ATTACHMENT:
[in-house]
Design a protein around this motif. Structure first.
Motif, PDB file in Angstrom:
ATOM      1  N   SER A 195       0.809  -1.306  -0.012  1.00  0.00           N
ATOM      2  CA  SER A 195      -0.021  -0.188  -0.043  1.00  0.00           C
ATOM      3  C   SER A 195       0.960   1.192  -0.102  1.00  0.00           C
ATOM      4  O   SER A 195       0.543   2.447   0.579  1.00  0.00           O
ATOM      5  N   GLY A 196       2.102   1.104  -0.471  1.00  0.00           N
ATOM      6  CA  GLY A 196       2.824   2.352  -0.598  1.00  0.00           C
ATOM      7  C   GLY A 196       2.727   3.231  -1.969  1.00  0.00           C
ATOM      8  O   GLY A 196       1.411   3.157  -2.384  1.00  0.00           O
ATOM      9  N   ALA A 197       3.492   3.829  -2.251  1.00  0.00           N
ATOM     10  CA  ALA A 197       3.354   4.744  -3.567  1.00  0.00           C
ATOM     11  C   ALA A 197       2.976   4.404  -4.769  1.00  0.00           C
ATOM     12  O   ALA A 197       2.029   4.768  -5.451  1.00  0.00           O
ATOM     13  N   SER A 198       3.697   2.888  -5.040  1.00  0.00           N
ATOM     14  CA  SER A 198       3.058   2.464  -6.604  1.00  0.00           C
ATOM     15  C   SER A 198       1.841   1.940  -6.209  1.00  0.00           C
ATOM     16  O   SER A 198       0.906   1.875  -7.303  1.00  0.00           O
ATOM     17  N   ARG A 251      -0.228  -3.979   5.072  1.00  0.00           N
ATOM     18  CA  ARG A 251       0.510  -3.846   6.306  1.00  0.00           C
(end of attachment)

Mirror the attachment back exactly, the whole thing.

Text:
[in-house]
Design a protein around this motif. Structure first.
Motif, PDB file in Angstrom:
ATOM      1  N   SER A 195       0.809  -1.306  -0.012  1.00  0.00           N
ATOM      2  CA  SER A 195      -0.021  -0.188  -0.043  1.00  0.00           C
ATOM      3  C   SER A 195       0.960   1.192  -0.102  1.00  0.00           C
ATOM      4  O   SER A 195       0.543   2.447   0.579  1.00  0.00           O
ATOM      5  N   GLY A 196       2.102   1.104  -0.471  1.00  0.00           N
ATOM      6  CA  GLY A 196       2.824   2.352  -0.598  1.00  0.00           C
ATOM      7  C   GLY A 196       2.727   3.231  -1.969  1.00  0.00           C
ATOM      8  O   GLY A 196       1.411   3.157  -2.384  1.00  0.00           O
ATOM      9  N   ALA A 197       3.492   3.829  -2.251  1.00  0.00           N
ATOM     10  CA  ALA A 197       3.354   4.744  -3.567  1.00  0.00           C
ATOM     11  C   ALA A 197       2.976   4.404  -4.769  1.00  0.00           C
ATOM     12  O   ALA A 197       2.029   4.768  -5.451  1.00  0.00           O
ATOM     13  N   SER A 198       3.697   2.888  -5.040  1.00  0.00           N
ATOM     14  CA  SER A 198       3.058   2.464  -6.604  1.00  0.00           C
ATOM     15  C   SER A 198       1.841   1.940  -6.209  1.00  0.00           C
ATOM     16  O   SER A 198       0.906   1.875  -7.303  1.00  0.00           O
ATOM     17  N   ARG A 251      -0.228  -3.979   5.072  1.00  0.00           N
ATOM     18  CA  ARG A 251       0.510  -3.846   6.306  1.00  0.00           C